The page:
You flip any channel on TV and that’s what they’re talking about. You’ve got weatherman talking about brick-and-mortar stores! It’s very overblown. Retail is changing. You think about the retailers that they say have gone out of business, like Dressbarn for instance. I researched it a while back, they opened in 1960. That’s almost a 60-year run. Payless Shoes, Radio Shack, how many companies have these types of runs?

You can’t generalize. I really think retailers that don’t execute close — just like restaurants close. The successful retailers will figure out how to be able to combine both bricks and mortar and online. Maybe it’s less expansion. Maybe instead of 30 stores in a market, they’ll have seven. Maybe instead of 50,000 square feet, they’ll have 15,000 square feet. I think retailers will get a little bit more cautious and a little bit more conservative. That’s all that’s going to happen.

But do these storied retailers like Barneys filing for bankruptcy and being sold just for the name give you any pause?

Barneys situation is an unfortunate situation that should not have happened. I have a soft spot for Barneys, we represented them at one time. I did the deal Downtown and in Chelsea. I put them in their old home. [Barneys leased 57,000 square feet at its original location at 101 Seventh Avenue in 2014 nearly 20 years after it left the space.] I was very proud of that deal.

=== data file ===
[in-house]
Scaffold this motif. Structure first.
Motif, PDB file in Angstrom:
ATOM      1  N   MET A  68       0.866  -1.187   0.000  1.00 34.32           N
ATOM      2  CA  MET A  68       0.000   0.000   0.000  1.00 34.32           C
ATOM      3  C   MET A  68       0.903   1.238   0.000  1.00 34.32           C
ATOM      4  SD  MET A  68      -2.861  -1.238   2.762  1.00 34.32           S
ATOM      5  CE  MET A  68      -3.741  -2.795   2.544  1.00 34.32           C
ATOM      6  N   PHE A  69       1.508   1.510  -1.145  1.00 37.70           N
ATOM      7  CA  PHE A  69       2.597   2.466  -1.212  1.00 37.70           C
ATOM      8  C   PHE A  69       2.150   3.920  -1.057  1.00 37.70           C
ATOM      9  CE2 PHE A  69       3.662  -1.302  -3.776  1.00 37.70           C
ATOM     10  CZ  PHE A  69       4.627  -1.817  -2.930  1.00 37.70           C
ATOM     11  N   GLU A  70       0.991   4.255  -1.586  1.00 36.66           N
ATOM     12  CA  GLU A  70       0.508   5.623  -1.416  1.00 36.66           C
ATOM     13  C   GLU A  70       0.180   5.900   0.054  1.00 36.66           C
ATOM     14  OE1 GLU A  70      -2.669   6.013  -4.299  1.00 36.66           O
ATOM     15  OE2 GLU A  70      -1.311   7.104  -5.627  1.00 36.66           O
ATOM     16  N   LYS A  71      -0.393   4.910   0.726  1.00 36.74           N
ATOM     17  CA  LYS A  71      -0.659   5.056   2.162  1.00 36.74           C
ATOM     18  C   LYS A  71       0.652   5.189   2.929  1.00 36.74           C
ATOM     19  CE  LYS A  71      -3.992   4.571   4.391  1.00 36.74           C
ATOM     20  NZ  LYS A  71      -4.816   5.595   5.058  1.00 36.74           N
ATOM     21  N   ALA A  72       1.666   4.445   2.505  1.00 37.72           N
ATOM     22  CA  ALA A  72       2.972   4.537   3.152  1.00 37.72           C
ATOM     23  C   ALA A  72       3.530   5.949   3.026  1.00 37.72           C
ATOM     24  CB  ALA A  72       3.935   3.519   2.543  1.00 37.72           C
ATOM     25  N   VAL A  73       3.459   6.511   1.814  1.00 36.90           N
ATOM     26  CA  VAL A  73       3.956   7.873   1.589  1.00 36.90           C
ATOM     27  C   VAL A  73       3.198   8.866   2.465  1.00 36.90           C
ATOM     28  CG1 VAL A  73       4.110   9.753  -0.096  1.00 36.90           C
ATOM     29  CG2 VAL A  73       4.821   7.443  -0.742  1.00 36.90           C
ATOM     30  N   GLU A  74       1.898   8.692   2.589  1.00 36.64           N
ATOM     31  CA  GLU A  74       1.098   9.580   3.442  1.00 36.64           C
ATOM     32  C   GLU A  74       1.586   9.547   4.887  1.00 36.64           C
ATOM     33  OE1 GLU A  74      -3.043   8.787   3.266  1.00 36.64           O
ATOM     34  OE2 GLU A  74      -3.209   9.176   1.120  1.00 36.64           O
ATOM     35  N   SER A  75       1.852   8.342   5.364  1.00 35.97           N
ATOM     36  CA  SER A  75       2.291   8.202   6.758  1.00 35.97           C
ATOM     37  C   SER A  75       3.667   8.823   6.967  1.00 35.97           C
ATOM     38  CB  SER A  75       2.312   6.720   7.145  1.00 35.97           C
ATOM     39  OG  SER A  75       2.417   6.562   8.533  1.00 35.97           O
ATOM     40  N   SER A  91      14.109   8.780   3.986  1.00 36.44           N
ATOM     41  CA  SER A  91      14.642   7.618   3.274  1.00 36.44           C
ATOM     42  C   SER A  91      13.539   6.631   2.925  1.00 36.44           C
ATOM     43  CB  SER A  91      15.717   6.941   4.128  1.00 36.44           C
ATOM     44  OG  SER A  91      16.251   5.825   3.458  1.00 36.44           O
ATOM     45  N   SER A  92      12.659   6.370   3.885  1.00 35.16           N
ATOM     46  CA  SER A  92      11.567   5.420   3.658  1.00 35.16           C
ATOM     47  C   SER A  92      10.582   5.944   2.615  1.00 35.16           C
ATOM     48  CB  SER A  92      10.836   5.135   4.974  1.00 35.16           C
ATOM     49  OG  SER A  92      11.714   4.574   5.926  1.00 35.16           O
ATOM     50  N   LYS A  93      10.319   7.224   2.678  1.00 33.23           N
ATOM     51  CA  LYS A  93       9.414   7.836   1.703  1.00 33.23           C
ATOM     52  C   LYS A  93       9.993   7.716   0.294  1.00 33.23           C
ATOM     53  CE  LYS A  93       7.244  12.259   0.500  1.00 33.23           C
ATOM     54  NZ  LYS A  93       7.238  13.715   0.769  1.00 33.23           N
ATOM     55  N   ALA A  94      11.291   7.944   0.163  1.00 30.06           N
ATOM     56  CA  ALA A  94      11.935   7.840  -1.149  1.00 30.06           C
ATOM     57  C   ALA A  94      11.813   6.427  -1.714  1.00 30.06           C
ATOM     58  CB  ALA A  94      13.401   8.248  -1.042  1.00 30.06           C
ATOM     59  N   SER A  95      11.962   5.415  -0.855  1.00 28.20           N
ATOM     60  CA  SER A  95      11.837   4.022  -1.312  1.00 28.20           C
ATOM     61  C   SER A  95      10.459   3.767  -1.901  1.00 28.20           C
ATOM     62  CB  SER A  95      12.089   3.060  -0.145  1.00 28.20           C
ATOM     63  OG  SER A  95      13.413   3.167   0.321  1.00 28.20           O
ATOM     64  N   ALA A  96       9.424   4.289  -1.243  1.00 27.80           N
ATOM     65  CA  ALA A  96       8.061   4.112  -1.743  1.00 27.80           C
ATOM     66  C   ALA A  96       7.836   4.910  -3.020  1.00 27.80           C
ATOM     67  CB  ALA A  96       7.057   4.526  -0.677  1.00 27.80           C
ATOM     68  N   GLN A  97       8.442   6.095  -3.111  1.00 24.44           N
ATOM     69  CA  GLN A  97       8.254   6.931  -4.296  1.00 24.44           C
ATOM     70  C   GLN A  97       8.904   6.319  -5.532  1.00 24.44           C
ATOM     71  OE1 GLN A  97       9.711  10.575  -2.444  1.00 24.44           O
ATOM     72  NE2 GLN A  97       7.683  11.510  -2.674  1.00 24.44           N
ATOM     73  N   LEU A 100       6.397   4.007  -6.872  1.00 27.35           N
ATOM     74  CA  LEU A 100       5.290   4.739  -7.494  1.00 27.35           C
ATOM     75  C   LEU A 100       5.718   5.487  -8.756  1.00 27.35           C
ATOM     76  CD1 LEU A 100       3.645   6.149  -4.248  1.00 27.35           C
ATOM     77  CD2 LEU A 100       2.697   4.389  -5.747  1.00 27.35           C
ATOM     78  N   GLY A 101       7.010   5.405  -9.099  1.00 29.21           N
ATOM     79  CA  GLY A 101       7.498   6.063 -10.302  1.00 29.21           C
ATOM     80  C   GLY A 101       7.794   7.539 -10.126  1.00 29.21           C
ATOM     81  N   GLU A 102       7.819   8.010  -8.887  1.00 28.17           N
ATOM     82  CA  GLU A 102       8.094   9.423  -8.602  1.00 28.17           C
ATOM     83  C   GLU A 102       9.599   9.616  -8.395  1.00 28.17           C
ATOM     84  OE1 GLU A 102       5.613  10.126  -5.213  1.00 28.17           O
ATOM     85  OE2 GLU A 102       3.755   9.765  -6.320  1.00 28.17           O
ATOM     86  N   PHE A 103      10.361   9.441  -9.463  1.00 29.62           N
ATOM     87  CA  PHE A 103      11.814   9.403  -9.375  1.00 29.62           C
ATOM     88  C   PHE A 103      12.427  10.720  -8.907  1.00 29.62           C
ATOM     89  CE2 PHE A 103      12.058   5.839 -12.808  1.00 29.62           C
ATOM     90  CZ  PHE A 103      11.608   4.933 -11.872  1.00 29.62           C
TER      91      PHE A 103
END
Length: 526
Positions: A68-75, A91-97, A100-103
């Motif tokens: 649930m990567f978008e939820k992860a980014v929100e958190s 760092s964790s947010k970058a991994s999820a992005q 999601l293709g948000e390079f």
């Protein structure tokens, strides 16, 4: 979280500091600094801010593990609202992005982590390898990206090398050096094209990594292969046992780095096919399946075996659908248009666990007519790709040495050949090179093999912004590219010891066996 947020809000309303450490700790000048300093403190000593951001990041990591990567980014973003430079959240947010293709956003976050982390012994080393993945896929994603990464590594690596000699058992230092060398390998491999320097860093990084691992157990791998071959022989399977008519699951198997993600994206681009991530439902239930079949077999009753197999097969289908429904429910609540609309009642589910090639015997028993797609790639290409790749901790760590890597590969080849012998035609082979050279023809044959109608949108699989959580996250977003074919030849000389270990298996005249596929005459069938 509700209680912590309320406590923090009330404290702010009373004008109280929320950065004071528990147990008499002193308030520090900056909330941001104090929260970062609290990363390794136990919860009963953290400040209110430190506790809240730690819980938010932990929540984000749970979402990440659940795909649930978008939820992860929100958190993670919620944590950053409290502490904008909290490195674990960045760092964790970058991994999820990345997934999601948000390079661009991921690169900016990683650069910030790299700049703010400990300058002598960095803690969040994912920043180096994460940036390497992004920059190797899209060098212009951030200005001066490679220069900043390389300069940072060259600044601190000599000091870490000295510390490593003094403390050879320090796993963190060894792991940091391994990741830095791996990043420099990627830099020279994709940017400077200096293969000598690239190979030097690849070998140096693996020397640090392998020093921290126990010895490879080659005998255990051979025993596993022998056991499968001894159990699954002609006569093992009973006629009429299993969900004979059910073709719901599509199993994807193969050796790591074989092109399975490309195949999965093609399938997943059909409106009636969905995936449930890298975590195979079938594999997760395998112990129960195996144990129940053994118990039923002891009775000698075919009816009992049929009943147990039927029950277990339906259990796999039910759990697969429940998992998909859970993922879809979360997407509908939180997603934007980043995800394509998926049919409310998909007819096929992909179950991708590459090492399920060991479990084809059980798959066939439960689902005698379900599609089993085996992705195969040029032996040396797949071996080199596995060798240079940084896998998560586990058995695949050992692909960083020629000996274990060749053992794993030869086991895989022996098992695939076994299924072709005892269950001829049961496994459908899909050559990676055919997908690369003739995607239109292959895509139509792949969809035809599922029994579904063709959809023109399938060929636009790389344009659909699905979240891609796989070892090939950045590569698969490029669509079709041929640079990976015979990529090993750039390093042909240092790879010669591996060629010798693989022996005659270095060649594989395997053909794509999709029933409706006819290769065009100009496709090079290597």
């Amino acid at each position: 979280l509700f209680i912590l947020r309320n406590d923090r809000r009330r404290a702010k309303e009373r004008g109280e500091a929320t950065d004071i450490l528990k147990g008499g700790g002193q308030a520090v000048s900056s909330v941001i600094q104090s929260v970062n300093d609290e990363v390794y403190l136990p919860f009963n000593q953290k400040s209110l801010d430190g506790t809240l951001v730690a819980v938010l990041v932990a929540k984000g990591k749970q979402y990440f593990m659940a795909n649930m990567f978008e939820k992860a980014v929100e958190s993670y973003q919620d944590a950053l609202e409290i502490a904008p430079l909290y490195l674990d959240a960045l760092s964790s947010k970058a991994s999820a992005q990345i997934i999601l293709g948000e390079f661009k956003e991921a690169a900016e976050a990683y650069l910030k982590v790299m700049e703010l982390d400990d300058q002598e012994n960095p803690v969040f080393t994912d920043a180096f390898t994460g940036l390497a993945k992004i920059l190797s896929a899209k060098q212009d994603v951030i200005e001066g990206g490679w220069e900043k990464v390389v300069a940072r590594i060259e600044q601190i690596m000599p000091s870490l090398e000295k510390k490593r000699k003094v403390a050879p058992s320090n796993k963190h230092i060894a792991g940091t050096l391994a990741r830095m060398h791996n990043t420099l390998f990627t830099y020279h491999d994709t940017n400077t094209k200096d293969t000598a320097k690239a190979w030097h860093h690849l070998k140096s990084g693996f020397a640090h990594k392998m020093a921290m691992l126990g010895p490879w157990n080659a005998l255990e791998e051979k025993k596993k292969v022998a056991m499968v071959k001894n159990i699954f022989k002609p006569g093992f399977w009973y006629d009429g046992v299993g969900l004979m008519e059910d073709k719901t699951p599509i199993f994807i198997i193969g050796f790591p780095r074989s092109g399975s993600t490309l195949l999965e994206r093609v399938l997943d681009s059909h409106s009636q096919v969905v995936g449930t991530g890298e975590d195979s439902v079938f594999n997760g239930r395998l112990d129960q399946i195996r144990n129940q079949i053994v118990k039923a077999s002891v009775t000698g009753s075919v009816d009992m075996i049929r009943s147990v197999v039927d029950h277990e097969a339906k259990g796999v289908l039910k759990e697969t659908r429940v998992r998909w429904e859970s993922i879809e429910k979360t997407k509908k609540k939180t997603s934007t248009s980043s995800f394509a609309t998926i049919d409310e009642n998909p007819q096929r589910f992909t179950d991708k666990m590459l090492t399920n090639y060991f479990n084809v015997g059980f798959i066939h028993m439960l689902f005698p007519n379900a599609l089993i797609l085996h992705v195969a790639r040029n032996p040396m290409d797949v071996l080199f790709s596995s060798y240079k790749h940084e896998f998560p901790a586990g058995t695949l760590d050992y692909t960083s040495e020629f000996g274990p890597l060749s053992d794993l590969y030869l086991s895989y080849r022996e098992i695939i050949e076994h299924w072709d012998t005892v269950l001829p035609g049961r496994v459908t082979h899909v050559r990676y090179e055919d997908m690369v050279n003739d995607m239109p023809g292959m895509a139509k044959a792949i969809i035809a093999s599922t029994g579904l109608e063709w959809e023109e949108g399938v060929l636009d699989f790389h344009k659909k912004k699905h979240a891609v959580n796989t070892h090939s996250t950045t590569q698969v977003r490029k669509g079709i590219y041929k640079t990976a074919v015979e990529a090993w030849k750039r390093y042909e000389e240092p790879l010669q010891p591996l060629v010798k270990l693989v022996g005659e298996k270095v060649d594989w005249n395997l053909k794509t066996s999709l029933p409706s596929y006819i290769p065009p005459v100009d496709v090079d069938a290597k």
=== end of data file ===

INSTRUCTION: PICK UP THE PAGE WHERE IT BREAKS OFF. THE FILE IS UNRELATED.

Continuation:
They should have figured out a way to stay. It would’ve involved probably giving back some space, reducing their footprint, but who cares? No one would have missed a beat. I’m really not sure what upper management there was thinking. That shouldn’t have happened.

People were shopping at Barneys. They weren’t shopping enough to pay the new rent, but nobody is. The new rent was unattainable … that business was no good for them.

A few articles have come out saying the era of the Fifth Avenue flagship is coming to an end after recent closures [Tommy Hilfiger, Calvin Klein and Henri Bendel]. Do you agree with that?